If you watch a lot of movies and TV shows, eventually you're going to see scenes across mediums that kind of look like each other. Maybe the artists are homaging what came before them, or maybe they are just directly stealing that idea and scene because it works so perfectly for them.
As the saying goes, “Good artists copy, Great artists steal.” But when they steal to make something original, how do you describe it? And how can you identify what to steal for yourself?
Today we're going to go over that idea, by exploring a term called "pastiche." We'll also dig into some examples of pastiche across film and television so you can better understand the definition and execution.
Ready? Let's go.
What Are Pastiche Movies and TV? And How Can You Learn Filmmaking from Them?
Filmmakers love to pay homage to another filmmaker's style and use of cinematography, including camera angles, lighting, and mise en scène. This is where the very idea of pastiche begins to take shape. But what does the word mean?
In the context of film and television, it's a cinematic device that directly mimics the cinematography or scene work of another filmmaker through the direct imitation of iconic moments in that movie or TV show.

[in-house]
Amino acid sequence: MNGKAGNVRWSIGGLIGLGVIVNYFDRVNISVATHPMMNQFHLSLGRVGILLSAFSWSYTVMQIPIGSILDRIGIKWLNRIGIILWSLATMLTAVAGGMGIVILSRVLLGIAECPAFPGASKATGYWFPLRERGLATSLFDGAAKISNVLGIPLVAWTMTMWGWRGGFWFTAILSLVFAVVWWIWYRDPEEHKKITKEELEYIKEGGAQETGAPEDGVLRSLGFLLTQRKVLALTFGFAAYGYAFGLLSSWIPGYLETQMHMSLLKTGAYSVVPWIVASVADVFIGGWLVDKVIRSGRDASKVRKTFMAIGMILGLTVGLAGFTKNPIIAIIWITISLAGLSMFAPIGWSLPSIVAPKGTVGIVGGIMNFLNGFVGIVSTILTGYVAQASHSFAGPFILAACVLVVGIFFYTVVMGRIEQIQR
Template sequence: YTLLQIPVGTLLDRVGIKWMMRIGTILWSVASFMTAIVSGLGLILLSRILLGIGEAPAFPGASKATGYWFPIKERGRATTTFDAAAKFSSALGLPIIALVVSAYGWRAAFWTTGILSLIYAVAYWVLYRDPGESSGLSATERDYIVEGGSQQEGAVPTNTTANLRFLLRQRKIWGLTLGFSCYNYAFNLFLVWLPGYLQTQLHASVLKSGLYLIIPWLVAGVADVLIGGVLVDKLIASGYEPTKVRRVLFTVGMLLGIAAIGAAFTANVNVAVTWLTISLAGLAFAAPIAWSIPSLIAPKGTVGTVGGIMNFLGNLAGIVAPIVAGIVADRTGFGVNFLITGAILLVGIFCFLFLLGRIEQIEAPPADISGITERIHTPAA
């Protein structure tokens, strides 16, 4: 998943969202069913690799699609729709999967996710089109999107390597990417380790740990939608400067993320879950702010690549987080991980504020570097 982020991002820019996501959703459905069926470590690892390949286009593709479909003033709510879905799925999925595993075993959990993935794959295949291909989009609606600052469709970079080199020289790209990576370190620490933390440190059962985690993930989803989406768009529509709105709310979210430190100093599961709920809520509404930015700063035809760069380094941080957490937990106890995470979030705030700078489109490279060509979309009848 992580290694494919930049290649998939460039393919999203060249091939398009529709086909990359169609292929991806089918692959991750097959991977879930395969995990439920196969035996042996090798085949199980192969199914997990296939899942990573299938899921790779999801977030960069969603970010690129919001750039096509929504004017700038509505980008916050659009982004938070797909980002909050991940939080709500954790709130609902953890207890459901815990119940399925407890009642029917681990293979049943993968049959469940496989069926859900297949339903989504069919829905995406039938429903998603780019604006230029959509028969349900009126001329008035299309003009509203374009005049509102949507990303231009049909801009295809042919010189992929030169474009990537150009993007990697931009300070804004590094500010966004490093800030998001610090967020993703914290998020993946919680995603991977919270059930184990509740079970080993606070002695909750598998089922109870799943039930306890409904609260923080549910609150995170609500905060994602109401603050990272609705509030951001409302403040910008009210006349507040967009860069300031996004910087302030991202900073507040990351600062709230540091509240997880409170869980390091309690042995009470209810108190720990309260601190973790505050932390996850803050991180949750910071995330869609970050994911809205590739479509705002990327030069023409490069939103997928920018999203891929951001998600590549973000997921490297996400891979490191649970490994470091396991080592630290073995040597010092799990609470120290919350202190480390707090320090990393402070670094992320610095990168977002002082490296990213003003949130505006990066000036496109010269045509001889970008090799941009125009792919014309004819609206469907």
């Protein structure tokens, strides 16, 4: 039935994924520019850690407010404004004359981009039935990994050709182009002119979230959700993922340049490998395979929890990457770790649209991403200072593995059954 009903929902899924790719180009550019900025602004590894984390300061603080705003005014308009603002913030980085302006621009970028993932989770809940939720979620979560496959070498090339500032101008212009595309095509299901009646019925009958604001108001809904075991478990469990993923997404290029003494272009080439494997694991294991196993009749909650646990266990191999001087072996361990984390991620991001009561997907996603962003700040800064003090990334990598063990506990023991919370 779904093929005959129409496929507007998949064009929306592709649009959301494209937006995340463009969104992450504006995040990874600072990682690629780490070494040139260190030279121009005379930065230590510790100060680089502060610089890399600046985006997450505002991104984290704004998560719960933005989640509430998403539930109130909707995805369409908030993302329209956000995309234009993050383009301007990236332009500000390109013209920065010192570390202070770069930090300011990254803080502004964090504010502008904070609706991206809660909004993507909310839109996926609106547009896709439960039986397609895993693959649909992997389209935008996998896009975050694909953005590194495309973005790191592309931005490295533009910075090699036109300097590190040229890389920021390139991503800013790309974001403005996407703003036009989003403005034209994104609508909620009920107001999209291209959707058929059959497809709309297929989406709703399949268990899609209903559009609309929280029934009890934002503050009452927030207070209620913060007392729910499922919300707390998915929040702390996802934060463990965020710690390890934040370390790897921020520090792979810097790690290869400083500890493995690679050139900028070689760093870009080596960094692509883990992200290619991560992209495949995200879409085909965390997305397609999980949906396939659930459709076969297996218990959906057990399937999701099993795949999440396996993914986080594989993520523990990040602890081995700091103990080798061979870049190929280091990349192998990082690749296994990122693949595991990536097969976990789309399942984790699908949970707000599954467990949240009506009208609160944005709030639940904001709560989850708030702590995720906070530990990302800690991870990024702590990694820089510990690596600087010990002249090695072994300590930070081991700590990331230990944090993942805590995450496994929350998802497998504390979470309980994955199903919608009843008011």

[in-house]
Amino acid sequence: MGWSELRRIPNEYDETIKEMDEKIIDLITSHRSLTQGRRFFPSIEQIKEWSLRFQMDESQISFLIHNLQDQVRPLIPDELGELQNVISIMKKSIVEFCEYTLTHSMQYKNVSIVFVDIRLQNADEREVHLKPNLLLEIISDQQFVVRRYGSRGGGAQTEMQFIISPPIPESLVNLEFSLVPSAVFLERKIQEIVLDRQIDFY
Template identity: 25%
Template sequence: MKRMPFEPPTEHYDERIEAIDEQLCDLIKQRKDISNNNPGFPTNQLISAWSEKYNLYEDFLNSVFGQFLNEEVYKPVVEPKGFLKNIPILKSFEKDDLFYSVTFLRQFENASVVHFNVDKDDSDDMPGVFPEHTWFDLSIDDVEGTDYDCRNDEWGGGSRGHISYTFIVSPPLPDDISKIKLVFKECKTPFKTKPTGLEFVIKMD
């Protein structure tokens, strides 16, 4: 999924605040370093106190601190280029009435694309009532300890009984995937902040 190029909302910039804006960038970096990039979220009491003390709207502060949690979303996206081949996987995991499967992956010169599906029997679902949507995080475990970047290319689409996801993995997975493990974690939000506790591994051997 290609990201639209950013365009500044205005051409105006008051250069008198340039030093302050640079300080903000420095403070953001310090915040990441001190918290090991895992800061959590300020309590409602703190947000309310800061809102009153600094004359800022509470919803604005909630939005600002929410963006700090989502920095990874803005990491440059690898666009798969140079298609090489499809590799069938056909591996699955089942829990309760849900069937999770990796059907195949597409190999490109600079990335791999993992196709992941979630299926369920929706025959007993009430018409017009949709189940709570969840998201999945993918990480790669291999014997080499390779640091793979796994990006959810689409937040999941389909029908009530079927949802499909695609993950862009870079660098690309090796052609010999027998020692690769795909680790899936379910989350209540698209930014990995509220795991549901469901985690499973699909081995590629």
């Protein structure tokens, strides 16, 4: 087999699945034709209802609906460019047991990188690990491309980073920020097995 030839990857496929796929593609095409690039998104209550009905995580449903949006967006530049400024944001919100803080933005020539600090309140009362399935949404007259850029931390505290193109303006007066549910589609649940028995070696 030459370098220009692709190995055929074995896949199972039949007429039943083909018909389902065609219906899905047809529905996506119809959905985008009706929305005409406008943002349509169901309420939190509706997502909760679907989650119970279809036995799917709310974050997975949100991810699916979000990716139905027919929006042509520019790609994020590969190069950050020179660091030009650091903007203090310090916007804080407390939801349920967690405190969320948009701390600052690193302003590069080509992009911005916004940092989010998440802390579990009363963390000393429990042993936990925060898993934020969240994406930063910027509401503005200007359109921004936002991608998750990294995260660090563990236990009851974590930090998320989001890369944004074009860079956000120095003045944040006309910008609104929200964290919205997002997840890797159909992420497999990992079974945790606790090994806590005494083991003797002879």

You can even define it via the direct reboots of franchises, which take the biggest moments from the originals and repurpose them for a new generation.
Pastiche vs. Homage
One of the hardest things to discern is the difference between pastiche and homage. Traditionally, pastiche uses homage. Let's look closer.
Specifically, an homage is a film or TV show that pays respect to another text or style, without directly pilfering from it. I like to think of how the Indiana Jones movies are an homage to old classic serials, without taking things directly from them.
Whereas something like Stranger Things is a direct pastiche of films and science fiction shows from the 1980s. See how they sort of work together?
'Stranger Things'Credit: Netflix
What Are Pastiche Movies and TV?
A pastiche has a variety of ways it imitates another's style. It is very respectful of the origins, unlike parody, which seeks to lampoon them. When looking at them in film and television, you have to think about entire projects built around this copycat storytelling, not just scenes or concepts.
Examples of Pastiche Movies and TV
One of the easiest ways to begin understanding pastiche is from the films of Quentin Tarantino. He often uses plots, characteristics, and themes from many lesser-known films to create his movies.
I mean, think about howInglourious Basterds takes a title from a lesser-known WWII film and takes the central plot from The Dirty Dozen. Sure, there are a lot of unique and incredible moments in the movie, but it could not exist without the things that came before it.